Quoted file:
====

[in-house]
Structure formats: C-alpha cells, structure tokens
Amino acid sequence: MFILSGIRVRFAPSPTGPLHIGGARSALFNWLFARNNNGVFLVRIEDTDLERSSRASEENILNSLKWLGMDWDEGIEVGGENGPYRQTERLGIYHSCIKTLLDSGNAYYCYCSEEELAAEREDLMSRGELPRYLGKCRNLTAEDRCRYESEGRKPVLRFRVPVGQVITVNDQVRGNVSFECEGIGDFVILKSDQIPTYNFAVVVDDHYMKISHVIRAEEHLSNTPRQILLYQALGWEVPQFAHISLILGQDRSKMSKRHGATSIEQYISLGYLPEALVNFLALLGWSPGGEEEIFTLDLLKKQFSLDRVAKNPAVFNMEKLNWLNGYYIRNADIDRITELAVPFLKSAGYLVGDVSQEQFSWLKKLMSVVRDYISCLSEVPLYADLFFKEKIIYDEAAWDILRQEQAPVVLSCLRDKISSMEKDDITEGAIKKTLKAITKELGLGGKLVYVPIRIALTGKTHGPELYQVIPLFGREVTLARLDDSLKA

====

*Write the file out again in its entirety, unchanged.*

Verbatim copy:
[in-house]
Structure formats: C-alpha cells, structure tokens
Amino acid sequence: MFILSGIRVRFAPSPTGPLHIGGARSALFNWLFARNNNGVFLVRIEDTDLERSSRASEENILNSLKWLGMDWDEGIEVGGENGPYRQTERLGIYHSCIKTLLDSGNAYYCYCSEEELAAEREDLMSRGELPRYLGKCRNLTAEDRCRYESEGRKPVLRFRVPVGQVITVNDQVRGNVSFECEGIGDFVILKSDQIPTYNFAVVVDDHYMKISHVIRAEEHLSNTPRQILLYQALGWEVPQFAHISLILGQDRSKMSKRHGATSIEQYISLGYLPEALVNFLALLGWSPGGEEEIFTLDLLKKQFSLDRVAKNPAVFNMEKLNWLNGYYIRNADIDRITELAVPFLKSAGYLVGDVSQEQFSWLKKLMSVVRDYISCLSEVPLYADLFFKEKIIYDEAAWDILRQEQAPVVLSCLRDKISSMEKDDITEGAIKKTLKAITKELGLGGKLVYVPIRIALTGKTHGPELYQVIPLFGREVTLARLDDSLKA